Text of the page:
Flowers from the Storm by Laura Kinsale

Posted July 30, 2003 by Mrs Giggles in 3 Oogies, Book Reviews, Genre: Historical / 0 Comments

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Flowers from the Storm by Laura Kinsale
Flowers from the Storm by Laura Kinsale

Avon, $6.99, ISBN 0-380-76132-7
Historical Romance, 2003 (Reissue)

For a while I am contemplating not putting up this review at all. After all, let’s face it, there is no better way to lose one’s credibility than to be less than effusive in the praise of any of the four truly untouchable authors in the romance genre: Georgette Heyer, that Jane Eyre book by Charlotte Bronte (apparently nobody cares about other books by the author), Jane Austen, and of course, Laura Kinsale. Flowers from the Storm has been called everything from the definitive romance novel to the perfect romance novel with ten thousand variations of “This is so brilliant, so flawless, perfection, woo-hoo woo-woo!” When Avon reissues this novel on the eleventh anniversary of the book’s publication, I decide to bite and give it a go.

How was it, you say?

Intellectually, I know this is an extraordinary book. Intellectually, I find it fascinating. But viscerally, I remain unmoved. I will go to the reasons as to why I am unmoved by this book later. First, the story.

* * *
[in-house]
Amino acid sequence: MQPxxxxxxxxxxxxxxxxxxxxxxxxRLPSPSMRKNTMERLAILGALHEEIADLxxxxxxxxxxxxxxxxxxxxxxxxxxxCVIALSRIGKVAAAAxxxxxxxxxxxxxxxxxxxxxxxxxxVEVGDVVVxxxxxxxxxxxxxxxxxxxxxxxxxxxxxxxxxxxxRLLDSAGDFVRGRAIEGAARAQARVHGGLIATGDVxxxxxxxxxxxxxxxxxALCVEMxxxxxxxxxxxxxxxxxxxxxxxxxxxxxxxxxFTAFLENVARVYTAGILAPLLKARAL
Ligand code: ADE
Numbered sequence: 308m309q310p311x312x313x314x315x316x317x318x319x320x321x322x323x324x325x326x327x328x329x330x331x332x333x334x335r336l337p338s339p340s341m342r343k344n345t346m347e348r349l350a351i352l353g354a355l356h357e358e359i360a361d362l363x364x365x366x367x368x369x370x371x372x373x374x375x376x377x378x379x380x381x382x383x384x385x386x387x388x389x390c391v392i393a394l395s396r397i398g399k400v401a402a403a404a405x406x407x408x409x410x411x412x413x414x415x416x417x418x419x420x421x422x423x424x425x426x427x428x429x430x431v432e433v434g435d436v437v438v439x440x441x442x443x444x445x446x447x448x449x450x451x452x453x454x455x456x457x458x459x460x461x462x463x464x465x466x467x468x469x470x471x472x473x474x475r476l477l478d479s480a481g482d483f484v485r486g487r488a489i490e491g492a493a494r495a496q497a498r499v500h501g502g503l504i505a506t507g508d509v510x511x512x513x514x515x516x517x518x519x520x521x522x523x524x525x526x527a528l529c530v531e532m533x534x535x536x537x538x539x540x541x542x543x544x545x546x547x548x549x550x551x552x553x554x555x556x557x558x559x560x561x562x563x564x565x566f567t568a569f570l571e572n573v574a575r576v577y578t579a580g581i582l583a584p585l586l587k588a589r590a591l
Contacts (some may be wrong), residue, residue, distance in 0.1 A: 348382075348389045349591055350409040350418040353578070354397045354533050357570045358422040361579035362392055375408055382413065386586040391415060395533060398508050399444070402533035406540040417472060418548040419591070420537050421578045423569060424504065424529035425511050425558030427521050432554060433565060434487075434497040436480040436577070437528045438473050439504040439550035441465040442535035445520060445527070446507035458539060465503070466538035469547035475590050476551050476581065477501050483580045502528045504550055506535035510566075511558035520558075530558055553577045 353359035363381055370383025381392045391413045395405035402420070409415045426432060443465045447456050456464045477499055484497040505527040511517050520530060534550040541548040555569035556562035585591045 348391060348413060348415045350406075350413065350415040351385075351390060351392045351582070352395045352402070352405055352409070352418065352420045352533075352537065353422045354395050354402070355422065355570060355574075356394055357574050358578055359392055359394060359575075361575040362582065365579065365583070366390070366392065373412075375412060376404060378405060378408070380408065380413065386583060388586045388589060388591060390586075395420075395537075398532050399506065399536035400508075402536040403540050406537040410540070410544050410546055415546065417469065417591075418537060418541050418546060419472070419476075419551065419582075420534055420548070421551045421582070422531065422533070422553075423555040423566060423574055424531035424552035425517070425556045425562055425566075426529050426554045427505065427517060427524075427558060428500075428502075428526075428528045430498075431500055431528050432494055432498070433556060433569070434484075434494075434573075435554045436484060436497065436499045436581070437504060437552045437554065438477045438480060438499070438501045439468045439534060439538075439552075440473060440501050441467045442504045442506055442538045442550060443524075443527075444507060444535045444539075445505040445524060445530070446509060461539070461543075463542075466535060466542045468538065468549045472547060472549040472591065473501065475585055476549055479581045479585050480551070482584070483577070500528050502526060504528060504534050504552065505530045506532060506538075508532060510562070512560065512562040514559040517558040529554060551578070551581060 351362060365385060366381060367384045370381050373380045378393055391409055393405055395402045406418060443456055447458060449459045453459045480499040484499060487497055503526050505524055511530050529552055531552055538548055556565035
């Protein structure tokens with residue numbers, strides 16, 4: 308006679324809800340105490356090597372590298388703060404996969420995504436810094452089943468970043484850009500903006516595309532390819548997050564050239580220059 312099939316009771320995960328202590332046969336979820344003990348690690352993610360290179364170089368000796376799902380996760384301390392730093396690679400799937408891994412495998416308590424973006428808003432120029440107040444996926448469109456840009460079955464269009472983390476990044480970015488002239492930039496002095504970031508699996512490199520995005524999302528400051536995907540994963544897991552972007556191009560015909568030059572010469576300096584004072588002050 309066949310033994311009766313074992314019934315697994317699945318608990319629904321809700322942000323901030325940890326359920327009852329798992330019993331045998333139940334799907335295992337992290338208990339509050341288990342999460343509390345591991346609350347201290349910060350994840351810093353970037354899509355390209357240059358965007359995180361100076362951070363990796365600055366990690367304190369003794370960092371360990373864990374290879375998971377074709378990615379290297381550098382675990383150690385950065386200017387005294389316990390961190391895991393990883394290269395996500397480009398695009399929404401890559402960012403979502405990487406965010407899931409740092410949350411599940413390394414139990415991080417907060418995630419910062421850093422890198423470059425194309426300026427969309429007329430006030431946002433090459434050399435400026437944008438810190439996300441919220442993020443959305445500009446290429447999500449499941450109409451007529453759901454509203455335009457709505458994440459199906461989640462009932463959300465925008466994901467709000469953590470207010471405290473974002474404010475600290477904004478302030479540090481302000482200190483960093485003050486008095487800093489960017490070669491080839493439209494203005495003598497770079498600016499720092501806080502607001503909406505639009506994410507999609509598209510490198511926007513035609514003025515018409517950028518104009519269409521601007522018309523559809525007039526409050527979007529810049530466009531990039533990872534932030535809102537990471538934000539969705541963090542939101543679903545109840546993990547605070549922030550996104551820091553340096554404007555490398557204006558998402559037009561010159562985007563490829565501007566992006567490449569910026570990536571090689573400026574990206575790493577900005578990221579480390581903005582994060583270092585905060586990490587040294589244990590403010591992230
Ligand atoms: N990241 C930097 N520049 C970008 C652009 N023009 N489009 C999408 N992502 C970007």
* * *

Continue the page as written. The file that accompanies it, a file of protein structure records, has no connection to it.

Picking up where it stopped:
The Duke of Jervaulx, Christian, is a brilliant mathematician who prefers to spend his life drinking and sleeping with equally easy women and generally behaving just like legions of romance heroes would. Our heroine Archimedea “Maddy” Timms is a Quaker spinster who has the stereotypical absent-minded father. Her father and Christian are in some academic collaboration, but since Mr Timms is blind, Maddy acts as the scribe and go-between between her father and Christian. She never approves of Christian’s licentious ways. To which, Mr Timms, after having made Maddy spend countless hours at Christian’s place playing courier girl, asks her if Christian has made any moves on her. Christian hasn’t – he hasn’t even met Maddy, preferring to let his butler deal with the Quaker girl – but Mr Timms, that’s a little too late in asking, isn’t it? This father will remain nicely silent as Maddy soon embarks on one of the most questionable adventures of her life.